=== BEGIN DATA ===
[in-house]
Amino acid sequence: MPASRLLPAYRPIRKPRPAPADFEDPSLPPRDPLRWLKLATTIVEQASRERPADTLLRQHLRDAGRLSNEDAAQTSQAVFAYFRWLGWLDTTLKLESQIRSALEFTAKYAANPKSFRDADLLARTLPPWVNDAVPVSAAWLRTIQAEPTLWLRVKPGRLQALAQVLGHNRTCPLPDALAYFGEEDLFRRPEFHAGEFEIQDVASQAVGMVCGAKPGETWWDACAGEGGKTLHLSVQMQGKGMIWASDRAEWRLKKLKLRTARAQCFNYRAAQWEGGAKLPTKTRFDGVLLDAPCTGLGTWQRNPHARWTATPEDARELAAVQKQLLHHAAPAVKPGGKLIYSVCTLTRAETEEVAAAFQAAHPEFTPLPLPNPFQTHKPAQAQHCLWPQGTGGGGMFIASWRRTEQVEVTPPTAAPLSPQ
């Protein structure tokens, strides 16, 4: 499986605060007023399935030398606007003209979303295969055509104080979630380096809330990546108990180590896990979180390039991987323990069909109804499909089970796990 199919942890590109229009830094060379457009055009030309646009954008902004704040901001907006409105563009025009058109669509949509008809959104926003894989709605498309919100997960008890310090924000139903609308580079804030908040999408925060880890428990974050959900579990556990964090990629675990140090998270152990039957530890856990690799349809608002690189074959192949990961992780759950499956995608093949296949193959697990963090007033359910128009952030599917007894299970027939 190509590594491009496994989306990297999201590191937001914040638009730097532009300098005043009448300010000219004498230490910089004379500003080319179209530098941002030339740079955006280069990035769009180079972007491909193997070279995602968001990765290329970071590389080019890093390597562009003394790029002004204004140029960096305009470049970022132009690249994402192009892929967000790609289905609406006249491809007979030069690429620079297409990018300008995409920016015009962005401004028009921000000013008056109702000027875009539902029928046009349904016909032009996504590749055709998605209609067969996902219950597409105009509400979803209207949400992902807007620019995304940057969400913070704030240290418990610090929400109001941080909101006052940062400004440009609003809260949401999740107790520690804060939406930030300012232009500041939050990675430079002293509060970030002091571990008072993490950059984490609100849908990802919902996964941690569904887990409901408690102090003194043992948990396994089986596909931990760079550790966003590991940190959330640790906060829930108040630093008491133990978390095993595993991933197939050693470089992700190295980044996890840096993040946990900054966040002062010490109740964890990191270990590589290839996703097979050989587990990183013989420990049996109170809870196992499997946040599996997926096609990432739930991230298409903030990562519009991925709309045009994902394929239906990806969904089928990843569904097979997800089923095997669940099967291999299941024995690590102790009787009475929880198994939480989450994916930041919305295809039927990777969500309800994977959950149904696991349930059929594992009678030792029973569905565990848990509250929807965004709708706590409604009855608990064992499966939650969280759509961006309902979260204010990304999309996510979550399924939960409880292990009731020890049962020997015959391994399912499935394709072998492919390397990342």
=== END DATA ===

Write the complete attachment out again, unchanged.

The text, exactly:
[in-house]
Amino acid sequence: MPASRLLPAYRPIRKPRPAPADFEDPSLPPRDPLRWLKLATTIVEQASRERPADTLLRQHLRDAGRLSNEDAAQTSQAVFAYFRWLGWLDTTLKLESQIRSALEFTAKYAANPKSFRDADLLARTLPPWVNDAVPVSAAWLRTIQAEPTLWLRVKPGRLQALAQVLGHNRTCPLPDALAYFGEEDLFRRPEFHAGEFEIQDVASQAVGMVCGAKPGETWWDACAGEGGKTLHLSVQMQGKGMIWASDRAEWRLKKLKLRTARAQCFNYRAAQWEGGAKLPTKTRFDGVLLDAPCTGLGTWQRNPHARWTATPEDARELAAVQKQLLHHAAPAVKPGGKLIYSVCTLTRAETEEVAAAFQAAHPEFTPLPLPNPFQTHKPAQAQHCLWPQGTGGGGMFIASWRRTEQVEVTPPTAAPLSPQ
């Protein structure tokens, strides 16, 4: 499986605060007023399935030398606007003209979303295969055509104080979630380096809330990546108990180590896990979180390039991987323990069909109804499909089970796990 199919942890590109229009830094060379457009055009030309646009954008902004704040901001907006409105563009025009058109669509949509008809959104926003894989709605498309919100997960008890310090924000139903609308580079804030908040999408925060880890428990974050959900579990556990964090990629675990140090998270152990039957530890856990690799349809608002690189074959192949990961992780759950499956995608093949296949193959697990963090007033359910128009952030599917007894299970027939 190509590594491009496994989306990297999201590191937001914040638009730097532009300098005043009448300010000219004498230490910089004379500003080319179209530098941002030339740079955006280069990035769009180079972007491909193997070279995602968001990765290329970071590389080019890093390597562009003394790029002004204004140029960096305009470049970022132009690249994402192009892929967000790609289905609406006249491809007979030069690429620079297409990018300008995409920016015009962005401004028009921000000013008056109702000027875009539902029928046009349904016909032009996504590749055709998605209609067969996902219950597409105009509400979803209207949400992902807007620019995304940057969400913070704030240290418990610090929400109001941080909101006052940062400004440009609003809260949401999740107790520690804060939406930030300012232009500041939050990675430079002293509060970030002091571990008072993490950059984490609100849908990802919902996964941690569904887990409901408690102090003194043992948990396994089986596909931990760079550790966003590991940190959330640790906060829930108040630093008491133990978390095993595993991933197939050693470089992700190295980044996890840096993040946990900054966040002062010490109740964890990191270990590589290839996703097979050989587990990183013989420990049996109170809870196992499997946040599996997926096609990432739930991230298409903030990562519009991925709309045009994902394929239906990806969904089928990843569904097979997800089923095997669940099967291999299941024995690590102790009787009475929880198994939480989450994916930041919305295809039927990777969500309800994977959950149904696991349930059929594992009678030792029973569905565990848990509250929807965004709708706590409604009855608990064992499966939650969280759509961006309902979260204010990304999309996510979550399924939960409880292990009731020890049962020997015959391994399912499935394709072998492919390397990342």